able and pursued as state policy for
1 The usage of the term “Political Islam” to denote
parties of the pro-Islamic National Outlook Movement
(NOM) tradition and the ruling AKP is a contested issue.
A variety of other labels such as conservative, Political
Muslumanism, and Muslim Democrats have been offered
by many scholars in lieu of “Political Islam.” Moreover,
once set against Political Islamist movements across
the Arab World, Turkey’s “Political Islam” might appear
more like a conventional conservative party than Political
Islamist. Yet the choice of the term Political Islam in this
piece is motivated by Turkey’s domestic political context
rather than any theoretical considerations. Domestically,
this term is widely used to describe the identity of the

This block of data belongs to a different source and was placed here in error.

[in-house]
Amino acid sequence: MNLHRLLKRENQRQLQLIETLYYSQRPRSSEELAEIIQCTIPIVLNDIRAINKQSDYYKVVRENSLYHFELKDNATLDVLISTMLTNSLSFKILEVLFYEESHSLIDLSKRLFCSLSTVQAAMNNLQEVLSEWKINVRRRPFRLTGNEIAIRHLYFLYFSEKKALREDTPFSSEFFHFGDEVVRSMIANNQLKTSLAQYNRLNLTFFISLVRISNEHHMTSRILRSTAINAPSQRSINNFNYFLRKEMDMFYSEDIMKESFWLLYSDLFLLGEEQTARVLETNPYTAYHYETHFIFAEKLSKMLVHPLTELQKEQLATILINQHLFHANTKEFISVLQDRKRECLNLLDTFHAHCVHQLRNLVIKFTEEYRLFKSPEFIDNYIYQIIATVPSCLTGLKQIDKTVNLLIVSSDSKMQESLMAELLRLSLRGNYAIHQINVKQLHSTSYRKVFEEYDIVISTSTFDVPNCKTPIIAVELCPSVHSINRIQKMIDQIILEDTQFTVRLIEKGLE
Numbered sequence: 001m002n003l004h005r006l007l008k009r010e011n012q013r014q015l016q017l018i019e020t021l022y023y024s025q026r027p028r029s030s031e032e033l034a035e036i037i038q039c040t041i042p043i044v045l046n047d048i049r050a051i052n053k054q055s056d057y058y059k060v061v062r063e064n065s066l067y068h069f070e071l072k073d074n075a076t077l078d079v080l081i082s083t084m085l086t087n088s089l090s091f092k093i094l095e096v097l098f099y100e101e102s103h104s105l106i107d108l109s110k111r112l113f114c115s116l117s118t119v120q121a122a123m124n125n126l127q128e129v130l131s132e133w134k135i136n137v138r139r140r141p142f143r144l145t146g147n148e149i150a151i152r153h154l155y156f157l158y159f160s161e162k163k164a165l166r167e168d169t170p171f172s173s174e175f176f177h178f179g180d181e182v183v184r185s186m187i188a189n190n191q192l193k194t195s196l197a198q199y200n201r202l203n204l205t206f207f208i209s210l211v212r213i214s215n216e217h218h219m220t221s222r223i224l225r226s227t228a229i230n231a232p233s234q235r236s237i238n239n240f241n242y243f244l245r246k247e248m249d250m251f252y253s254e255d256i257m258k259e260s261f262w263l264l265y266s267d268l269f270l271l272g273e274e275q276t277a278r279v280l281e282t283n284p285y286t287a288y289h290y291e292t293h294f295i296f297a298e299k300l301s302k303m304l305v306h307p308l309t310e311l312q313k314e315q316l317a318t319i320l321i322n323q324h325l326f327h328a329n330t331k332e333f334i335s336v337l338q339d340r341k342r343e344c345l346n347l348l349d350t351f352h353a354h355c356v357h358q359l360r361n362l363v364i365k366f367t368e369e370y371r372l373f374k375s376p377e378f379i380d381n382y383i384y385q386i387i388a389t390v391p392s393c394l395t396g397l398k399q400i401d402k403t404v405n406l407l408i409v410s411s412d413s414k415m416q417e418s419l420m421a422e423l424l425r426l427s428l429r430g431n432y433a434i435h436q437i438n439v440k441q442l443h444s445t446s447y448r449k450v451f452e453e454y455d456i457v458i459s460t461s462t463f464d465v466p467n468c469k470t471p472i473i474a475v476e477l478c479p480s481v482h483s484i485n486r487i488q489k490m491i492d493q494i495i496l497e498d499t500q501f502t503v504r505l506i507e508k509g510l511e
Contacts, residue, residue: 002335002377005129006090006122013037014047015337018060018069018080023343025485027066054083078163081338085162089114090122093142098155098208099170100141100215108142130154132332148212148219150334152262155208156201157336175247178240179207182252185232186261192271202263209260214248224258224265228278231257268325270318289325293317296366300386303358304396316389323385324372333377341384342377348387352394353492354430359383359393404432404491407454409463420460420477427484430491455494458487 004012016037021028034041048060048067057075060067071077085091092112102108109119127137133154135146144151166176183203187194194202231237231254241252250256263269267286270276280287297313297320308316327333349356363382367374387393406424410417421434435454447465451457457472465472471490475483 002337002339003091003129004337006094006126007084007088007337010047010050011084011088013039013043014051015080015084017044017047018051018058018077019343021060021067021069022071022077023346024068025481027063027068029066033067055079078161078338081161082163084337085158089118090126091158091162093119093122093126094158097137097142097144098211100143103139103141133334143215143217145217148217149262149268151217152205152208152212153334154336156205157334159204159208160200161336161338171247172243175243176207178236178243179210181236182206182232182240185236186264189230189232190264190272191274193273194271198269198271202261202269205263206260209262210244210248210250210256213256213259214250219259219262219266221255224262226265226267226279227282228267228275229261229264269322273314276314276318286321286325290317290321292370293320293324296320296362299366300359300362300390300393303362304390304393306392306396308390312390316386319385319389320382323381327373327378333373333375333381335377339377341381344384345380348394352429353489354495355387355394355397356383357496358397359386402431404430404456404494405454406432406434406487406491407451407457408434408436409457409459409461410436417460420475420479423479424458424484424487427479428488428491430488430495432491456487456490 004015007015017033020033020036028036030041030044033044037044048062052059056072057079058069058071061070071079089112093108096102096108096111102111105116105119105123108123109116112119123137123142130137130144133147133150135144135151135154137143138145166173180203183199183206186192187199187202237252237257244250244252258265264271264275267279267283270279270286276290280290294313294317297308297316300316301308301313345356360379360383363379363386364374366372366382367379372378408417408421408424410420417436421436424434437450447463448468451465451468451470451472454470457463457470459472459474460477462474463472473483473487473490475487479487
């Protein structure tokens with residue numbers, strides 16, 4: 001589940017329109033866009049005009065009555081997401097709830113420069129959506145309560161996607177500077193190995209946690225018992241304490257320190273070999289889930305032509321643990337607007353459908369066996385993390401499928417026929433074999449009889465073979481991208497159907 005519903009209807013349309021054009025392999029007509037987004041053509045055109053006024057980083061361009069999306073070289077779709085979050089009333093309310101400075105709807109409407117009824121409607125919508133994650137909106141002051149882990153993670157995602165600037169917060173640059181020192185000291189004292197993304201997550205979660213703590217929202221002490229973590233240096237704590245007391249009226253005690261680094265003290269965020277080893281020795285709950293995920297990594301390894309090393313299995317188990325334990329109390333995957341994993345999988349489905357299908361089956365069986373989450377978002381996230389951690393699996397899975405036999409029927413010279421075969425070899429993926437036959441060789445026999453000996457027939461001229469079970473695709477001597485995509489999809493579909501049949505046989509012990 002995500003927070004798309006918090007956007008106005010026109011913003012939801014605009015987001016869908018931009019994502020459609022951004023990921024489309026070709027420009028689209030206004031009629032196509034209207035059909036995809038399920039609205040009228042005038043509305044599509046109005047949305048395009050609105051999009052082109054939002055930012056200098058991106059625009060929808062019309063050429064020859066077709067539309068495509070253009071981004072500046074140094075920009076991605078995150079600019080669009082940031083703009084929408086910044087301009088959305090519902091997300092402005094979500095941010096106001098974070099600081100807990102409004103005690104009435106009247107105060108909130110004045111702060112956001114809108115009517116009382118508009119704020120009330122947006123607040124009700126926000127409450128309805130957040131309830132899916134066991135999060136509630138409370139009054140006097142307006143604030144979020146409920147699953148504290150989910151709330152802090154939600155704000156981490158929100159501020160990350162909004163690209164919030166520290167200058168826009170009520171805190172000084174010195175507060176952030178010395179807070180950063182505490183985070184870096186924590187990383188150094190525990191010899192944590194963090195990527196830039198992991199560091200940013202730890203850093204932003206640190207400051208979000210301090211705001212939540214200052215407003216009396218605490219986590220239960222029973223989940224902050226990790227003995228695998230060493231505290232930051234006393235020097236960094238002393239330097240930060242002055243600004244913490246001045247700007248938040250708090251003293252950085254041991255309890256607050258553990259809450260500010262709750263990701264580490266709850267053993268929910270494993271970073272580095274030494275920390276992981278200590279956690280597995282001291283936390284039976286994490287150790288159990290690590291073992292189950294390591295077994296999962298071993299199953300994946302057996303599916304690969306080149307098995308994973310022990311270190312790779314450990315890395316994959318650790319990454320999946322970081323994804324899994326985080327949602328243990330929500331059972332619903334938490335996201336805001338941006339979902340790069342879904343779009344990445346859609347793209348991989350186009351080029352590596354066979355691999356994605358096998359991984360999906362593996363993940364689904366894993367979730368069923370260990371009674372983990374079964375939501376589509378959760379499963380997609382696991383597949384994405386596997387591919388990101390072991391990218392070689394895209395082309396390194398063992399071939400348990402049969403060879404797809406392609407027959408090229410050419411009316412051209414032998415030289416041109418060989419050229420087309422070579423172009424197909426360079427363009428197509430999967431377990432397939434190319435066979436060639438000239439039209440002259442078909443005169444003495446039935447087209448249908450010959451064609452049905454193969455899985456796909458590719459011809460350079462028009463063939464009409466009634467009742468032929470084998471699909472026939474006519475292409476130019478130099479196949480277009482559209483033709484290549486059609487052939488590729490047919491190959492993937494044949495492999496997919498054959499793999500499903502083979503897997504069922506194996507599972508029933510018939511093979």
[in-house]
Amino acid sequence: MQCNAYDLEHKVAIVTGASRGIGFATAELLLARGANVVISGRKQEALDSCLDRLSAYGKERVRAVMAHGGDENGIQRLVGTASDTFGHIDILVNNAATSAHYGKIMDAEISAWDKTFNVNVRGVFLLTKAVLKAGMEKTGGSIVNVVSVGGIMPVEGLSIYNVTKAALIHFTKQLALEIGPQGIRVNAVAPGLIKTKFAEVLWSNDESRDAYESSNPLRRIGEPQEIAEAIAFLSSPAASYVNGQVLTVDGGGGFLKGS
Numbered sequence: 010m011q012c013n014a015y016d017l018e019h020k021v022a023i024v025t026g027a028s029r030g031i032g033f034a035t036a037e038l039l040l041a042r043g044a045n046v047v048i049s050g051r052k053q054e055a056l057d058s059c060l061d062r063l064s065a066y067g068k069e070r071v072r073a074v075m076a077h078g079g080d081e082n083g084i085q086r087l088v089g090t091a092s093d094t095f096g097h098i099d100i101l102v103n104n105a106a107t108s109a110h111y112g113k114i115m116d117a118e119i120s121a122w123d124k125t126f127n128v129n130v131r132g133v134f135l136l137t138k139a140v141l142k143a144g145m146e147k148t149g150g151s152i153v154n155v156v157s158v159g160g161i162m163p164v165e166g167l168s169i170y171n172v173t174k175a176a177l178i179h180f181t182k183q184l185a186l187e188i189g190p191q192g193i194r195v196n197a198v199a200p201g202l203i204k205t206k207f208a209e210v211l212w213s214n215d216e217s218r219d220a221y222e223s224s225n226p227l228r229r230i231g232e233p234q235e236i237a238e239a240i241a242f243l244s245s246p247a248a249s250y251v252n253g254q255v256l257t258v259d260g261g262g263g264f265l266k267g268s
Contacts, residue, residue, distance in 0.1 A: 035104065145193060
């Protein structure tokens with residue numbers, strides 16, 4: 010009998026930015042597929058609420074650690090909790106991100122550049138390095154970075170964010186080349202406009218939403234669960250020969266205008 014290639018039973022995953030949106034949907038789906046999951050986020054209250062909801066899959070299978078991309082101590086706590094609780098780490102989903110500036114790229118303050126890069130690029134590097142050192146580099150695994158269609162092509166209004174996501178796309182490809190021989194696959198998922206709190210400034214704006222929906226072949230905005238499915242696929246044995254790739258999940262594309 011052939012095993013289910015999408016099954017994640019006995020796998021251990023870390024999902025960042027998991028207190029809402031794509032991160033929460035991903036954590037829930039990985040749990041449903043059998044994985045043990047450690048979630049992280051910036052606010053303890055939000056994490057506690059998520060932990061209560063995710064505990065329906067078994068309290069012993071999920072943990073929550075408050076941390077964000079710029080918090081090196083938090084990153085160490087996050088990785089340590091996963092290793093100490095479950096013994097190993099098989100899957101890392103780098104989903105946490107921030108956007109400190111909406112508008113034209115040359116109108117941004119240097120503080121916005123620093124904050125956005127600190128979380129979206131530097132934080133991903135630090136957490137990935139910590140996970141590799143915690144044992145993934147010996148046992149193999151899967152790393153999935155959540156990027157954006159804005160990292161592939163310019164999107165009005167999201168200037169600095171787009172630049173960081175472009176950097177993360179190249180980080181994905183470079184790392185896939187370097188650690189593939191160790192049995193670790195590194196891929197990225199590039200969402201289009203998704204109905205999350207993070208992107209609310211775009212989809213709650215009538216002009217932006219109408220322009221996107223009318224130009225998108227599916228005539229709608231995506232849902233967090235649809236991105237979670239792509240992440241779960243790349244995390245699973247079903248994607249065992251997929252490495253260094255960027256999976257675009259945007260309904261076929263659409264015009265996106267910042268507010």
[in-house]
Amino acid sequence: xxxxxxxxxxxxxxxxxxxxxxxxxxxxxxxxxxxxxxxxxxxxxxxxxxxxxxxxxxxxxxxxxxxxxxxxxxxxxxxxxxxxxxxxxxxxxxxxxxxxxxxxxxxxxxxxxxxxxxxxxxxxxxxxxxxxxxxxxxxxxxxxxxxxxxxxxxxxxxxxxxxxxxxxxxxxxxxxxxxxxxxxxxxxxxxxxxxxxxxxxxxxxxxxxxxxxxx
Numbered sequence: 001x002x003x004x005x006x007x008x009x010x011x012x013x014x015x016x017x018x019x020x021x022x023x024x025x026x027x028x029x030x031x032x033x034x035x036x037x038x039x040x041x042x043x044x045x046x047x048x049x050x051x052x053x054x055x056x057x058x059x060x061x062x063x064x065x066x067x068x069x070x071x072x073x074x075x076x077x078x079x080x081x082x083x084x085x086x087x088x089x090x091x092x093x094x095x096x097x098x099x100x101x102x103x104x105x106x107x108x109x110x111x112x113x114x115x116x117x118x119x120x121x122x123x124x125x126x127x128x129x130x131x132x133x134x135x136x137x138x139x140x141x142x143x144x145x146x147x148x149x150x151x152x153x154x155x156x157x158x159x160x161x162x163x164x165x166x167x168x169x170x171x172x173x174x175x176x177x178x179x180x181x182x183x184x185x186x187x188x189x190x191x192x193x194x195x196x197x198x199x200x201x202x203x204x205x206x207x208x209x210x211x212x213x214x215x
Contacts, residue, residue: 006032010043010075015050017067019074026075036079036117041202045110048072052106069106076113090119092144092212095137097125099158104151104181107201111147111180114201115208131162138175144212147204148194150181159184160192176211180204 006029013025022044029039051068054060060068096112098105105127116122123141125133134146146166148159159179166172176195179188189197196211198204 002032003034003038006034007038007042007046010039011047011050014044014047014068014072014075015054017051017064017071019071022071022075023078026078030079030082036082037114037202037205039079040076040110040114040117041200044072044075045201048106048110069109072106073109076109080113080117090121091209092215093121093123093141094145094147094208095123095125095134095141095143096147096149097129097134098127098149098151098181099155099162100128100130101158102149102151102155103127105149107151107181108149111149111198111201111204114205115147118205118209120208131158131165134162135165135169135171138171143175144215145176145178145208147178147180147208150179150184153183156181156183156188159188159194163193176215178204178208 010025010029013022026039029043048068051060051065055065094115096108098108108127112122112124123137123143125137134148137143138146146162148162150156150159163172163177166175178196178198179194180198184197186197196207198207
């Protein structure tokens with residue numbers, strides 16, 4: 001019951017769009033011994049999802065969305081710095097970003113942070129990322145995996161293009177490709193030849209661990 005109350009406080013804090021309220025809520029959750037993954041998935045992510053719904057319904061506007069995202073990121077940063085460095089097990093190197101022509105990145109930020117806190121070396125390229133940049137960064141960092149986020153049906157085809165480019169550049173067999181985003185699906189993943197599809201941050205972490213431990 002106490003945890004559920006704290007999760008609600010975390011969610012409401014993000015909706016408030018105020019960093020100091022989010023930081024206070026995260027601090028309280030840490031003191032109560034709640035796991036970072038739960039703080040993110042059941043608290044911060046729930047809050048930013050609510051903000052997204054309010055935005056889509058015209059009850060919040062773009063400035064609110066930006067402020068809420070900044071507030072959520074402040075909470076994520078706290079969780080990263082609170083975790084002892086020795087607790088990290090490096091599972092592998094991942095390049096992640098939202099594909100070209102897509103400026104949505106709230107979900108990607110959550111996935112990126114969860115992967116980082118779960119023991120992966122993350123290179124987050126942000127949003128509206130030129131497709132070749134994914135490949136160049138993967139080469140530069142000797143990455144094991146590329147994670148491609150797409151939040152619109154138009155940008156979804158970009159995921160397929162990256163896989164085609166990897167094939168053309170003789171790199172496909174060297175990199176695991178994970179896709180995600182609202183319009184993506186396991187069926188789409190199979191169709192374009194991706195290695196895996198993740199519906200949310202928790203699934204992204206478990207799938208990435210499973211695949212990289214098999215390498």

concerned parties.
majority of republican history, sets TPI
apart from other examples. In spite of
this, the approach to the West occu-
pied a central place in TPI’s identity-
formulation and distinguished them
from other “systemic” parties. Never-
theless, TPI’s stance on the West has
not been static. Instead, the character
of the relationship has acquired new
shapes and dynamism, particularly
in the late 1990s and 2000s. New
circumstances have emerged, such as
Political Islam’s lessons of the 1990s, in
particular the February 28, 1997, coup
that toppled the Refah Party (Welfare
Party, WP) led-government. In this
respect, the domestic context and
considerations have exerted a signif-
cant impact on Turkish Political Islam’s
attitude toward the West.
To better illustrate this evolution, it
is necessary to divide the time-span
from the WP to the governing Justice
and Development Party (AKP) into